Six more exoplanets found by Kepler and Hubble space telescopes

The number of exoplanets being found orbiting other stars continues to grow at an exponential rate; the current number of confirmed exoplanets now stands at 692. Plus the 1,235 additional candidates from Kepler (so far!) that are awaiting confirmation. Now six more have just been added to the confirmed list, a system of three planets found by Kepler and another system of three planets discovered (or re-discovered as outlined below) by the Hubble Space Telescope.

Credit: NASA; ESA; STScI, R. Soummer

Kepler’s new planetary trio orbit the sun-like star Kepler-18, which is only 10 percent larger than our sun. One of these is a “super-Earth” about twice the diameter and 6.9 times the mass of Earth, called Kepler 18-b. It’s very close to its star, taking only 3.5 days to complete an orbit. The other two, Kepler 18-c and Kepler 18-d, are both Neptune-size worlds about 5.5 times and seven times the diameter of Earth. What’s unusual is that these two planets seem to interacting with each other in a kind of “orbital dance,” alternately tugging and pulling on each other. They take about 7.6 and 14.9 days to complete an orbit respectively, so all three planets are in orbits that are much smaller than Mercury’s in our own solar system.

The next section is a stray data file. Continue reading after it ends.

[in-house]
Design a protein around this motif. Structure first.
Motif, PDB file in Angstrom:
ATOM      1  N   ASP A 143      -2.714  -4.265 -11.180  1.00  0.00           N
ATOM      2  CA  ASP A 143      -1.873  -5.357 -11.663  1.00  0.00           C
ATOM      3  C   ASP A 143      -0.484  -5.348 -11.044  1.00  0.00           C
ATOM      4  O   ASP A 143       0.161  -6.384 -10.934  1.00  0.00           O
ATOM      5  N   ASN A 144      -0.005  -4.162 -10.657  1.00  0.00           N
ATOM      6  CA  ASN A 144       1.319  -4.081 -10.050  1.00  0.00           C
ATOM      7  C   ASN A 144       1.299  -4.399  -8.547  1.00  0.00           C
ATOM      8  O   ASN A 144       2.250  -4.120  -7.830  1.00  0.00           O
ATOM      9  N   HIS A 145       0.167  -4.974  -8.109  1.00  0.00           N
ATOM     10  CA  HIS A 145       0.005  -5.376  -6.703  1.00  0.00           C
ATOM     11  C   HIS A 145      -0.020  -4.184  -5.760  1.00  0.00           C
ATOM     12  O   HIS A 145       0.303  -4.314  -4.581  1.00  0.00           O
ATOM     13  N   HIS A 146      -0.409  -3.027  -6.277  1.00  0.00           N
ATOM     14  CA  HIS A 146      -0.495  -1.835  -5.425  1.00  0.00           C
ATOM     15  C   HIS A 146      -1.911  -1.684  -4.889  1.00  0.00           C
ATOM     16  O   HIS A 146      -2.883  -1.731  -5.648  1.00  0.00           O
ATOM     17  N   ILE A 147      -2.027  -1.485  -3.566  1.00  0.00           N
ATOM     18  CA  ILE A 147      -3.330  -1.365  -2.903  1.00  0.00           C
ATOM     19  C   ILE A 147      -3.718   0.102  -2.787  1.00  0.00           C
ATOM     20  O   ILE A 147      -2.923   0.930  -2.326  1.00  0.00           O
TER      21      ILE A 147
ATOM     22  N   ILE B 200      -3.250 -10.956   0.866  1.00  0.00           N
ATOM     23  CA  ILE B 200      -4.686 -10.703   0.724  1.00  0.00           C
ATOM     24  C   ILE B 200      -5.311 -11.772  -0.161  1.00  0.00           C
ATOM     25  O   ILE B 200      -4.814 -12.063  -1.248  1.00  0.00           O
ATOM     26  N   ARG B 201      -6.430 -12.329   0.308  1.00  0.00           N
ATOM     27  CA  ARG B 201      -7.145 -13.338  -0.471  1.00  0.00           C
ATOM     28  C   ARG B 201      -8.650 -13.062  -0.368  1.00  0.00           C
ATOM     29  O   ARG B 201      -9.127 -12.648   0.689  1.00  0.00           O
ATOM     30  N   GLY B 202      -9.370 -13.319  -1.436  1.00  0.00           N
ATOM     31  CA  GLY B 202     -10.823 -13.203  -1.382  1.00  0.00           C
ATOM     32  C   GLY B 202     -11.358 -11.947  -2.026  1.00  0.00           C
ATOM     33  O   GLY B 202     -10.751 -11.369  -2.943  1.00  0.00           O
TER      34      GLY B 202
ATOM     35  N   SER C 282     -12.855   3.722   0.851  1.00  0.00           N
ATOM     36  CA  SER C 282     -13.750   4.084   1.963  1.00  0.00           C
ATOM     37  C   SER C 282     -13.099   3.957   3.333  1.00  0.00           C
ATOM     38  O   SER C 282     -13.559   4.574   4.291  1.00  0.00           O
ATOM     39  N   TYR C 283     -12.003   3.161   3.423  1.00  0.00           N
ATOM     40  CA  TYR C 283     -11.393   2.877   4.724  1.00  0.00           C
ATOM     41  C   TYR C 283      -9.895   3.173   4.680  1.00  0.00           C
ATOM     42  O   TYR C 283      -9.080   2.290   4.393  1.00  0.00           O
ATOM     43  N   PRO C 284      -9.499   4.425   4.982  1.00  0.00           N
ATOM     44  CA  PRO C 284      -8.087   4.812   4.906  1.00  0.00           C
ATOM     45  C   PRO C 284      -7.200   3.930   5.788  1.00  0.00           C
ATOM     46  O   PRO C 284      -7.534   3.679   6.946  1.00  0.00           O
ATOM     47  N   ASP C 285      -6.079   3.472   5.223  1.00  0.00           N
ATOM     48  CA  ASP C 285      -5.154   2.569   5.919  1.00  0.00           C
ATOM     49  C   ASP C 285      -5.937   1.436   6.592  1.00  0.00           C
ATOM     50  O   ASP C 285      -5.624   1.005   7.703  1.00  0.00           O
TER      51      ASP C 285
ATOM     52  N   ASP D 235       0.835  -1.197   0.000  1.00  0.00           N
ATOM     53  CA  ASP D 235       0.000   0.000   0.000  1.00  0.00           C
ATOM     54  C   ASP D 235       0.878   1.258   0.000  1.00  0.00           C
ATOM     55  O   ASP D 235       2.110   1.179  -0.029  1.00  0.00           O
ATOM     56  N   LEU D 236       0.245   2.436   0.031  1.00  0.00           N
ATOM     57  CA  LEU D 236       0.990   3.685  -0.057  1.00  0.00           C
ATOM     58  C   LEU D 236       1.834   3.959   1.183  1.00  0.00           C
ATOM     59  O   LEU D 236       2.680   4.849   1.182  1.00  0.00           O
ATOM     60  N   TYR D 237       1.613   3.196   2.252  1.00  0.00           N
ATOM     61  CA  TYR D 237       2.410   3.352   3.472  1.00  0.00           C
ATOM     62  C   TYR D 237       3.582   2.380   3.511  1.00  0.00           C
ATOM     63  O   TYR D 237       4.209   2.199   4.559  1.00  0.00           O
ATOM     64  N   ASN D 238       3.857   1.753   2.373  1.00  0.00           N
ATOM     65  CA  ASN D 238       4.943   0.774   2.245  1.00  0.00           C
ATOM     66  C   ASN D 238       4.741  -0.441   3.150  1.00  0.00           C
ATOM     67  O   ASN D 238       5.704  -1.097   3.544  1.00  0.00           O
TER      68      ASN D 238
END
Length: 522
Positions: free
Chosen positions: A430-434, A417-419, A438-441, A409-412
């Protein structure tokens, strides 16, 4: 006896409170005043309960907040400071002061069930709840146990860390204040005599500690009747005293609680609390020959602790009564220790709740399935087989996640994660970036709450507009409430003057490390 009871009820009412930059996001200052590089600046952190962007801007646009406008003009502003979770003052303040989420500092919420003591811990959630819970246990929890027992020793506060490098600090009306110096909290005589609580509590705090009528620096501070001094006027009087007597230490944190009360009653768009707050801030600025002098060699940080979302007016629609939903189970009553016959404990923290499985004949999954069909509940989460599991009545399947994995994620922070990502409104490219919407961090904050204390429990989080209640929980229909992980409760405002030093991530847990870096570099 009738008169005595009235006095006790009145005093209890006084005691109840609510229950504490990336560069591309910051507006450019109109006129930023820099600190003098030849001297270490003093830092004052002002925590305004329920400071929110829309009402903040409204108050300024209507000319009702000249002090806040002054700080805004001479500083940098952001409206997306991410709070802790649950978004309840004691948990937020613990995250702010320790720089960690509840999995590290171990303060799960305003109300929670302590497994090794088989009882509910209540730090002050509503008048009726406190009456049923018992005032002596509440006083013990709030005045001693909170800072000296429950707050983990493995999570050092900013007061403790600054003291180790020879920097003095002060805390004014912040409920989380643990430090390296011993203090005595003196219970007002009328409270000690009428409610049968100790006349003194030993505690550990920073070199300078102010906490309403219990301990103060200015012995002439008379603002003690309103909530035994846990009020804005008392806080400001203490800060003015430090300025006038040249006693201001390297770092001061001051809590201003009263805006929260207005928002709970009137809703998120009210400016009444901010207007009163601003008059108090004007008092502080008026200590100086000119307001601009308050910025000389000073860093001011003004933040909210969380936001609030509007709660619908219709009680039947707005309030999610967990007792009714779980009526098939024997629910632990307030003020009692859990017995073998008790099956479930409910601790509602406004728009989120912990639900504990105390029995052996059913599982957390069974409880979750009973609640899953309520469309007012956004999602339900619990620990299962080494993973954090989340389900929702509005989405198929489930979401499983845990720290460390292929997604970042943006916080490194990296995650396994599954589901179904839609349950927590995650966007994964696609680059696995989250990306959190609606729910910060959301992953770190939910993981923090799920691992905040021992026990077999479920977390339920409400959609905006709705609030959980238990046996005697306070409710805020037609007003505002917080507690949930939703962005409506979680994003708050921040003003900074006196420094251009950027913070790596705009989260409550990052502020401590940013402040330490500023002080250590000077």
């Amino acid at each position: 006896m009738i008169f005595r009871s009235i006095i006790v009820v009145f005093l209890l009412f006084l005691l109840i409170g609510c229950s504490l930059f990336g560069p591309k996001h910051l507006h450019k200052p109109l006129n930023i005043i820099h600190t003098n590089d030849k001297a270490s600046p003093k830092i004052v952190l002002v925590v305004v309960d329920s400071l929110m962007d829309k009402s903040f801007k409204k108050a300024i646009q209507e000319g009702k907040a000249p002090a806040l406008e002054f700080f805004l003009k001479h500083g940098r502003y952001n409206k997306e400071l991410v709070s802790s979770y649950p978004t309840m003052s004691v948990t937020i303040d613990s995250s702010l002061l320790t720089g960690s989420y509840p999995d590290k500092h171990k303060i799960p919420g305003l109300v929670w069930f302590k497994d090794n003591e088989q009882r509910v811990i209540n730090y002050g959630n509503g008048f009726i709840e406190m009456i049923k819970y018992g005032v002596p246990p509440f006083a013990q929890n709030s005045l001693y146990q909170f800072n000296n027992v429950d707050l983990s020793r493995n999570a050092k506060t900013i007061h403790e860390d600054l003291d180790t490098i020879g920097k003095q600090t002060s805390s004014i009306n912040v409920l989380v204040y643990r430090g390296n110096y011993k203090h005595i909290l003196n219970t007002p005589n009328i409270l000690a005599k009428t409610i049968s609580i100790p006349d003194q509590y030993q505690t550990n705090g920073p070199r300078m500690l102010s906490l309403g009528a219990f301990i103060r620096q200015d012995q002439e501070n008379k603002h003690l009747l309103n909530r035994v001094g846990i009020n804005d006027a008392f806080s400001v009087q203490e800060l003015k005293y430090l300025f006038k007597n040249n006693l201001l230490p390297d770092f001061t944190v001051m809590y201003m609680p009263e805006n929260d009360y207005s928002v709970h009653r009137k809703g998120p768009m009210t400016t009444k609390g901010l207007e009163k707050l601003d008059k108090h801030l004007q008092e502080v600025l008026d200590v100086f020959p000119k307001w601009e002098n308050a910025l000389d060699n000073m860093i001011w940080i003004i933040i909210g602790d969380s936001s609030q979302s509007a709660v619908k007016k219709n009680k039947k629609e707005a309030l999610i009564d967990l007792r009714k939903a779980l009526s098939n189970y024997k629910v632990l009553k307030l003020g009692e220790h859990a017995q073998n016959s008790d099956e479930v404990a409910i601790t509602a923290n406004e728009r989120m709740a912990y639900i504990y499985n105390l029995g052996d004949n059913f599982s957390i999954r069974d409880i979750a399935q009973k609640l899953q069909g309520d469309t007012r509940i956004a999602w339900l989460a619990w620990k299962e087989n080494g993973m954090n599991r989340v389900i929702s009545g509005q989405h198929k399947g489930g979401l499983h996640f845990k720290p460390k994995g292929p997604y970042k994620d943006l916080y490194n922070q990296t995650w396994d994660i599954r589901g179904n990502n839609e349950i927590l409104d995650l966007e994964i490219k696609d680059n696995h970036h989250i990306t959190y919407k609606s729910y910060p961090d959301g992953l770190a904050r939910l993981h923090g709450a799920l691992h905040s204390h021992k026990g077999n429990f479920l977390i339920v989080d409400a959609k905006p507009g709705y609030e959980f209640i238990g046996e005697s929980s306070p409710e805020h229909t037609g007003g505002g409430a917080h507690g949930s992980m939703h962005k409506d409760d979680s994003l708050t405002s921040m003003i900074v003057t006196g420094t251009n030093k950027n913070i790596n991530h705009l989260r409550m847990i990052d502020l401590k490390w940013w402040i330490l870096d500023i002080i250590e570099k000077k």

Meanwhile, the Hubble Space Telescope has imaged three planets orbiting the star HR 8799 (a small but growing number of exoplanets have been directly photographed so far). The interesting part is that these planets were actually known to exist already, but they didn’t show up in the first images taken by Hubble back in 1998. But now, using more advanced techniques, astronomers have been able to tease them out of the data in those original photographs after all. There are actually four known planets orbiting HR 8799, but the fourth one hasn’t been imaged yet. (Note: the Space.com story linked to above mentions two planets photographed in the text, although the image itself shows three and this is the number quoted in other articles about this, such as DiscoveryNews).

This is an exciting time for exoplanet research, with each new discovery adding to our knowledge of the many planetary systems beyond our own; and it wasn’t that long ago when we didn’t know of any

This article was first published on Examiner.com.